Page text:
How Do You Figure Out Your Possible Payout Based on Your Impairment Rating?


Quick Answer

Residents of Florida can estimate payouts for specific impairment ratings using the impairment income benefit calculator at Myfloridacfo.com, notes the Florida Department of Financial Services. Residents of Missouri can conduct similar computations using the Web-based calculator at roskinhoffman.com, explains Roskin & Hoffman. In general, payouts for similar impairment ratings can differ from one jurisdiction to another because their computation varies by the nature of workers' compensation laws in a particular locale, states The Law Dictionary.

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The impairment ratings that physicians assign to injuries partly determine the level of compensation that affected workers receive, according to The Law Dictionary. Impairment ratings range from 100 percent, which indicates total impairment, to 0 percent, which indicates complete healing. Physicians typically compute the final ratings after injured workers attain maximum medical improvement. State regulations establish the correlation between these ratings and workman's compensation wages; the wages are multiplied by the time that injuries take to heal, and the results form one part of the compensation payout.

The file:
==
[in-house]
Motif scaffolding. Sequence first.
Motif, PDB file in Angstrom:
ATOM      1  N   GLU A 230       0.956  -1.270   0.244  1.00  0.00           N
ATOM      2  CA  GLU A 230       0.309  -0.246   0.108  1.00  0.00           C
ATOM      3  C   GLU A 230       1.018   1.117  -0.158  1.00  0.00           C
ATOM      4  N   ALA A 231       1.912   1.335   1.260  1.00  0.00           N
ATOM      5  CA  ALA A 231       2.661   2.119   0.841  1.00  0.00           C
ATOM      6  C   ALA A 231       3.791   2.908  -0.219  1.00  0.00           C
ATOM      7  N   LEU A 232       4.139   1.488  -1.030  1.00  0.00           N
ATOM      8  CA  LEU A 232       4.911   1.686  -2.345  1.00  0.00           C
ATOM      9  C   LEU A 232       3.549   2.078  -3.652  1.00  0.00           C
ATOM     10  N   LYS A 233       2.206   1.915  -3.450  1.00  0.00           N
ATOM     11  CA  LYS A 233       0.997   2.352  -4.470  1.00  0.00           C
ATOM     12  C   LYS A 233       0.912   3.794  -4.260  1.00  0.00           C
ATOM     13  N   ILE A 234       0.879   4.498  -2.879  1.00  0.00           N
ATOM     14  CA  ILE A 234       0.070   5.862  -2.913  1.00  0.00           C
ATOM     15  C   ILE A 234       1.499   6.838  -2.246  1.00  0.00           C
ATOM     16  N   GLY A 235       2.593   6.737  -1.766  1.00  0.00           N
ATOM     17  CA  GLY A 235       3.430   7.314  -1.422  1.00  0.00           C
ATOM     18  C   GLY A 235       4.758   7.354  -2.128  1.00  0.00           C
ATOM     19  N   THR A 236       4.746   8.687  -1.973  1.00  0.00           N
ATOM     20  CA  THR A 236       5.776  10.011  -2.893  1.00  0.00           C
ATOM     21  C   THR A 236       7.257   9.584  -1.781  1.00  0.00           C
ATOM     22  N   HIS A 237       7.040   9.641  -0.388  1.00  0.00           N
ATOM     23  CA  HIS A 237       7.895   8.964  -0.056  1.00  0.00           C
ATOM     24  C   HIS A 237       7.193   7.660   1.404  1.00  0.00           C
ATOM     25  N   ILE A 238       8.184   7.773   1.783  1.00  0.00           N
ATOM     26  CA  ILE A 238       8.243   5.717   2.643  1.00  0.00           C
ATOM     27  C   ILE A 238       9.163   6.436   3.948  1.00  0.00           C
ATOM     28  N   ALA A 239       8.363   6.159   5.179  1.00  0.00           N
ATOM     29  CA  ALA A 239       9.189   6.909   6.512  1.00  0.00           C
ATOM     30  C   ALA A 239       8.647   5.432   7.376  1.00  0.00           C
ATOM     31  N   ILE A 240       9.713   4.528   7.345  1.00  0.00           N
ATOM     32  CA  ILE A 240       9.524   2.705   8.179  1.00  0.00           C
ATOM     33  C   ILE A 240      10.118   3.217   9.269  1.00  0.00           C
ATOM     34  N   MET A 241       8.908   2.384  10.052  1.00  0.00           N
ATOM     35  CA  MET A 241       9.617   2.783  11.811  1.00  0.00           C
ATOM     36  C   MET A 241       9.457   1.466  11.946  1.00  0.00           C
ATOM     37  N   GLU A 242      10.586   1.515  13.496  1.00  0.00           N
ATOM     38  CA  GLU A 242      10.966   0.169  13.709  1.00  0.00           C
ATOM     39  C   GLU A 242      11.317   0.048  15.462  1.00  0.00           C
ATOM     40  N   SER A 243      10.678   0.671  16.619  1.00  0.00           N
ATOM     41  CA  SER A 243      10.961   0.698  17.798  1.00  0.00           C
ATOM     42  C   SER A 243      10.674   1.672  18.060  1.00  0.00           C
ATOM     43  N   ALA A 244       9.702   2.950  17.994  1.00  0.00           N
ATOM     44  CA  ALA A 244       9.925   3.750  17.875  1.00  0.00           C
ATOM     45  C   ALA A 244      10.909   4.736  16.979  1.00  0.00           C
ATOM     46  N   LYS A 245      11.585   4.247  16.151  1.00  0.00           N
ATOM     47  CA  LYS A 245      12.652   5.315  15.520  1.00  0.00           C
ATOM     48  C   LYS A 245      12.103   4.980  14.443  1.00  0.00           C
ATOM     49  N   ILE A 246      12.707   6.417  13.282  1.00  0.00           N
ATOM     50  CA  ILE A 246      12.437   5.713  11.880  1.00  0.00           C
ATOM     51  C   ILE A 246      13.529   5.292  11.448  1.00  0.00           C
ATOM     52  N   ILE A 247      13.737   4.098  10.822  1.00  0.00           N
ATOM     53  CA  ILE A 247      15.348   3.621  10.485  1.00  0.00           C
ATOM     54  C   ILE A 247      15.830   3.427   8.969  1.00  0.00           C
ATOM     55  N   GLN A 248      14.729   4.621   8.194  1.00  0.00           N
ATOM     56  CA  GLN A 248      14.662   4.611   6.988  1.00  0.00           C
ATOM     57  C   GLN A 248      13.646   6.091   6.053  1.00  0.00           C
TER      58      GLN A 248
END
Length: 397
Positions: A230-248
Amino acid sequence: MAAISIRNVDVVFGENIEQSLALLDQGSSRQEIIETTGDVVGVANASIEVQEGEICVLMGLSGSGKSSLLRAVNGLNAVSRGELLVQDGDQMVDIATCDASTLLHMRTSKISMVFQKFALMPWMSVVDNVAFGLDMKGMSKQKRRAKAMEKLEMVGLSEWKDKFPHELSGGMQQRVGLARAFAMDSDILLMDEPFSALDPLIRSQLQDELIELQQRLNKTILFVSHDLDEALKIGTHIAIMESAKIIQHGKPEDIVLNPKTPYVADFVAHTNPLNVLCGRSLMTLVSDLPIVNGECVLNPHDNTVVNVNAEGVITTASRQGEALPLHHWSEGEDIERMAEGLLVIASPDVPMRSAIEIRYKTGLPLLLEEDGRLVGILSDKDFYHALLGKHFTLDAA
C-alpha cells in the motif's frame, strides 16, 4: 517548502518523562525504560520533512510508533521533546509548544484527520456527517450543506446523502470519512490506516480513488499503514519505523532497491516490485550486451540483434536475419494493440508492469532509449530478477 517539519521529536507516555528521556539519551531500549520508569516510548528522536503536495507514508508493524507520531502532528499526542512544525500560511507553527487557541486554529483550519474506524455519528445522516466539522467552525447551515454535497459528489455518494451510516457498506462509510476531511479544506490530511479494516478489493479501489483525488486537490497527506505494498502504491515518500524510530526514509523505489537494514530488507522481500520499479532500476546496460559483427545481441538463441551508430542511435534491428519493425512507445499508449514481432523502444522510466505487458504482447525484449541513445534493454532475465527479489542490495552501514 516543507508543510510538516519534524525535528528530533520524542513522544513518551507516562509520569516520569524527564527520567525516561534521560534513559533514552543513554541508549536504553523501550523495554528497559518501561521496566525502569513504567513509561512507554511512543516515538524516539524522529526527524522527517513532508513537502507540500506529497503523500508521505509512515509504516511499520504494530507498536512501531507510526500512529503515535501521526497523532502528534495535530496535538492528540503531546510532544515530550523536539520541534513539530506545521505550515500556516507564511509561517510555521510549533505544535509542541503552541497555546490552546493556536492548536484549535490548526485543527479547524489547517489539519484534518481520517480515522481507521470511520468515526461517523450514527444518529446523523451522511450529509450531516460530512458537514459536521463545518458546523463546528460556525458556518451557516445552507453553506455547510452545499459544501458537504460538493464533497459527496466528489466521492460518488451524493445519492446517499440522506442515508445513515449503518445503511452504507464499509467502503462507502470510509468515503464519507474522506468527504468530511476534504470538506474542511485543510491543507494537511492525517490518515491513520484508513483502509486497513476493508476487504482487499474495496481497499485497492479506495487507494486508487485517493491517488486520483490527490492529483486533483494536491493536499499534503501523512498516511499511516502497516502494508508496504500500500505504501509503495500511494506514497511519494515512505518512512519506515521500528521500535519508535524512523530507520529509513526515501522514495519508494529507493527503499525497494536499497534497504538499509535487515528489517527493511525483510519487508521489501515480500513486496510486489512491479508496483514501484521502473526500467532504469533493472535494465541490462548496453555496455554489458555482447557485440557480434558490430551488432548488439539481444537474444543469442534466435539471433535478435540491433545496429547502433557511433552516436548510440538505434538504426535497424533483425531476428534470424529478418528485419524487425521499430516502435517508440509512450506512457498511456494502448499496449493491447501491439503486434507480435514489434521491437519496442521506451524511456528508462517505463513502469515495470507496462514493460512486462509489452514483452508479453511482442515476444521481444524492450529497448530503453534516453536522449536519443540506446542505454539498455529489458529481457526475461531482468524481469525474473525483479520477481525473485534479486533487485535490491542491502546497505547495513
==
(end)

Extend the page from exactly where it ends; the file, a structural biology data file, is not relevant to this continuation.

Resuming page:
The costs of treatment also determine the size of the payout, says The Law Dictionary. These include estimates of the costs and expenses that the affected party is likely to incur in the future as a result of the impairment. The payout may also include legal costs and fees. Depending on the nature of the disability, state laws may also require employers to pay disability payments permanently or semi-permanently.

However, the size of a payout also depends on what legal practitioners term "perceived risk," which is the risk of an employer denying liability by claiming that employee misconduct or substance abuse played a role in precipitating the injuries in question, warns The Law Dictionary. For these and other reasons, affected parties should always consult legal professionals before seeking compensation.

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